Ask a counsellor: Friends and family unsupportive of goals

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I’m working really hard on goals that I’ve set for myself… but my friends and family are not being supportive – and are actually getting in the way! What should I do?

This is an issue that many people encounter. We see it a lot in the counselling field when helping students to work on personal or career goals; however, it’s also possible that you’re working toward something on your own and are feeling like other people in your life just “don’t get it”! This often leads to feelings of bitterness or frustration, and sometimes your motivation takes a hit if you don’t feel supported.

There are three important guidelines to remember whenever you’re working on any sort of goals (academic, personal, sexual, whatever): (a) Check-in, (b) Track and (c) Care.

(a)    Check-in: Take some time to remind yourself of who this goal is for. Ideally, at least part of the answer should lead you back to yourself. What was your motivation in the first place for setting this goal? What resources do you have internally (ex. time management skills, sense of pride, etc.) that can help you with this goal?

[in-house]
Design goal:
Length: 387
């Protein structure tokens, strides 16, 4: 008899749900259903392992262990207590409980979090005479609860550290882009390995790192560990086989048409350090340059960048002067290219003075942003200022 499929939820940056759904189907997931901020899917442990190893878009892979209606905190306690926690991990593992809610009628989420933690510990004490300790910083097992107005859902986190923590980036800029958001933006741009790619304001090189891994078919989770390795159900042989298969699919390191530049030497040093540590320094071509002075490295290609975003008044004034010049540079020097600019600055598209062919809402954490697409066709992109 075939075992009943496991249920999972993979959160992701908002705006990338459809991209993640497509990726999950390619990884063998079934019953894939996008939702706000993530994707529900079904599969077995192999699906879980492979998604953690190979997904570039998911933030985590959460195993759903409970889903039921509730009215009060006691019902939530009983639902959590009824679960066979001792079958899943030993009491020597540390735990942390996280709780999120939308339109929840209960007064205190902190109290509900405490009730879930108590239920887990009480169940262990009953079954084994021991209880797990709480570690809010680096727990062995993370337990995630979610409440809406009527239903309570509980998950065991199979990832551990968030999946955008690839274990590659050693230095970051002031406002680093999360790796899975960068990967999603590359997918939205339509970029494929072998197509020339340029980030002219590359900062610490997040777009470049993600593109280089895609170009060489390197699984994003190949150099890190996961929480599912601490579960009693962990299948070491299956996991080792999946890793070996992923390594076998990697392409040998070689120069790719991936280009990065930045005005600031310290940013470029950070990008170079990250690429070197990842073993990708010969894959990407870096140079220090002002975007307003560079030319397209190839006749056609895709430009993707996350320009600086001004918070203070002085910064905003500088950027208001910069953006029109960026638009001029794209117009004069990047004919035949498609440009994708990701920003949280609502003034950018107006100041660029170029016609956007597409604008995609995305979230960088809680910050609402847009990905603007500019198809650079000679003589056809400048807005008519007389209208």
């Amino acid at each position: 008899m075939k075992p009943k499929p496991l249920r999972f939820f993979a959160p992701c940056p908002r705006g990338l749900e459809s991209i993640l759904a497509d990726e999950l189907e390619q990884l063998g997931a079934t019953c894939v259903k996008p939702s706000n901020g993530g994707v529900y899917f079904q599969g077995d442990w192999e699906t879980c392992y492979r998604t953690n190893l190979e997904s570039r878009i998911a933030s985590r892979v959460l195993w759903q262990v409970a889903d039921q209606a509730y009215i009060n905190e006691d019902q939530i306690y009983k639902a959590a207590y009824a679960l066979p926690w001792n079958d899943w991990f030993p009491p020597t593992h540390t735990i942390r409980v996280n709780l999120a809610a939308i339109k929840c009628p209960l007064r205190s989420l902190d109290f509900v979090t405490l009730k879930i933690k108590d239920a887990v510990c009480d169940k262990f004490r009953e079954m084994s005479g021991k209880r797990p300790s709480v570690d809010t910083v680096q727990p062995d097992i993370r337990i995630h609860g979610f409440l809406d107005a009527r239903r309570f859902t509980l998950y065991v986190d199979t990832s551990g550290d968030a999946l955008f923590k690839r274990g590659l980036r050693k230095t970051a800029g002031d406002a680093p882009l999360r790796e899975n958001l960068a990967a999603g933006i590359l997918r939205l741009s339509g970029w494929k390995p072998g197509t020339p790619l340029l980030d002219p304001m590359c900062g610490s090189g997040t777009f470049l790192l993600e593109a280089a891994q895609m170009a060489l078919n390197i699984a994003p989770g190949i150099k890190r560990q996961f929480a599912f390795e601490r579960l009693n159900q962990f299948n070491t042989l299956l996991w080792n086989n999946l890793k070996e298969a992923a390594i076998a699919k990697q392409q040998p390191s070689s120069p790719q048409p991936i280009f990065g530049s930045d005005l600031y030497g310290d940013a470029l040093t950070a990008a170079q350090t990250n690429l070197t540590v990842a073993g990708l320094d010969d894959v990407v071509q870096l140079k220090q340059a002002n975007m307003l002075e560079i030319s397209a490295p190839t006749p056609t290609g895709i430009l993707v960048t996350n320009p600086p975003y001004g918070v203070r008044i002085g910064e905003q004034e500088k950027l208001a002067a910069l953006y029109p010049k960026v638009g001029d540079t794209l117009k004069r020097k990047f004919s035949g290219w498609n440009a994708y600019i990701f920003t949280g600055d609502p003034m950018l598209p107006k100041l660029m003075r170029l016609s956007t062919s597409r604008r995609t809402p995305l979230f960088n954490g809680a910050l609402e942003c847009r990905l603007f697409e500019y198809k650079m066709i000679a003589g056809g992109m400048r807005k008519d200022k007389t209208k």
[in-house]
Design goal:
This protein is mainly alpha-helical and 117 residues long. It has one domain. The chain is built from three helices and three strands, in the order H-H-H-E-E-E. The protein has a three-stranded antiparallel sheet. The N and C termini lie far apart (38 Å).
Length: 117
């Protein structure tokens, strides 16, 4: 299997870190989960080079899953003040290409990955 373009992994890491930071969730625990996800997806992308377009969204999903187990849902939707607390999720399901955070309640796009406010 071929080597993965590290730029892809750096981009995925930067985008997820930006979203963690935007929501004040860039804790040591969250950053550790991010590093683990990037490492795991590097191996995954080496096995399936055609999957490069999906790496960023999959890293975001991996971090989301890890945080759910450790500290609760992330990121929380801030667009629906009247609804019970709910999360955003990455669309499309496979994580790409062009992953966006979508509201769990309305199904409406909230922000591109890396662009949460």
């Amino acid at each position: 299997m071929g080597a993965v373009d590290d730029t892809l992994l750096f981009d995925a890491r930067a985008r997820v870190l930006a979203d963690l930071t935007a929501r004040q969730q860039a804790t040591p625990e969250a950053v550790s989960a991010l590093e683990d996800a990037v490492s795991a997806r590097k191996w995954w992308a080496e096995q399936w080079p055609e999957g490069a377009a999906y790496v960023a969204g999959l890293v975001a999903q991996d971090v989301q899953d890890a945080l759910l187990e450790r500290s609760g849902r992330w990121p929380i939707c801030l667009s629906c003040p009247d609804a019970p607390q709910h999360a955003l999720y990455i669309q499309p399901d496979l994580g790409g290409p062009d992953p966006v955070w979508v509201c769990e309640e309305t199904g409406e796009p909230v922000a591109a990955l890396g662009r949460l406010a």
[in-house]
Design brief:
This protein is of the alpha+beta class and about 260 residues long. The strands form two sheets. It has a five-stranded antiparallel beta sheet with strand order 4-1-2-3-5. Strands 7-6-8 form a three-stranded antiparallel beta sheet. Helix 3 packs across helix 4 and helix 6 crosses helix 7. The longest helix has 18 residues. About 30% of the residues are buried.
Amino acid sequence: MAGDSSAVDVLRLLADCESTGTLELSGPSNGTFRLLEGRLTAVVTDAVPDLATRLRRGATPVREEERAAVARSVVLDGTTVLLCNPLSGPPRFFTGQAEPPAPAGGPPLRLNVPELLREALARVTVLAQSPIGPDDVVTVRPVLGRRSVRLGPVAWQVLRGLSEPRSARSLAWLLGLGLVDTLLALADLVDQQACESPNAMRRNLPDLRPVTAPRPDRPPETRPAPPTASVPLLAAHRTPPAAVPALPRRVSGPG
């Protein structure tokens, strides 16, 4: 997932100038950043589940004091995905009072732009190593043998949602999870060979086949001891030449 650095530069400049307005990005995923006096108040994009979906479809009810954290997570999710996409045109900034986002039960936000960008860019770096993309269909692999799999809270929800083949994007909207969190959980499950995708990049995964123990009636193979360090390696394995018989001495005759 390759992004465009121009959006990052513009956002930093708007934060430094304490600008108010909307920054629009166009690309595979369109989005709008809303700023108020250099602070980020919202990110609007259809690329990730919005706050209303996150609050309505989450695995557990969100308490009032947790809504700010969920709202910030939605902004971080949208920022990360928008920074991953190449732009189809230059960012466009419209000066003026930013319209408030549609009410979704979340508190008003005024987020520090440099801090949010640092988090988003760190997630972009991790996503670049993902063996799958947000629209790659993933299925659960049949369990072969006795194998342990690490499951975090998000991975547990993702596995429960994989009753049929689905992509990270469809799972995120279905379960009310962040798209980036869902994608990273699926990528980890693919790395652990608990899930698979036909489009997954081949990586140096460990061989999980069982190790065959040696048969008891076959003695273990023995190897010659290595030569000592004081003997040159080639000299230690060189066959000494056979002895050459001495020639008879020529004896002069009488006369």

(b)    Track: Often when we start moving toward a goal, it’s very exciting and we’re driven… then it becomes difficult, for whatever reason, to see some of our progress. This is amplified if we rely on others to provide feedback.

Try keeping a log of the smaller steps involved in your goal – for example, if your goal is to research at least 10 possible jobs related to your degree, make sure to track websites that you’ve visited, people you’ve talked to, etc. This is a great way to keep an accurate perspective of where you’ve been and where you’re headed.

(c)    Care: By now you may have noticed that your focus has possibly shifted away from your goal itself and toward what others are doing/not doing to help you – and this shift isn’t healthy. To be able to shift back, you need to have energy to devote to the goal and to do this, you need to build up some of that energy through self-care. Make sure that each week you’re spending time on yourself (not academics!), in order to fill your “self-care buckets.” Whether through social, physical, emotional, mental, or spiritual means, self-care can help put you back in the place to help both yourself and others!

As per usual, feel free to talk with a counsellor about any issues you may have! If you have a question for a counsellor, you can also e-mail it to sjcounsellor@unb.ca and see it featured here!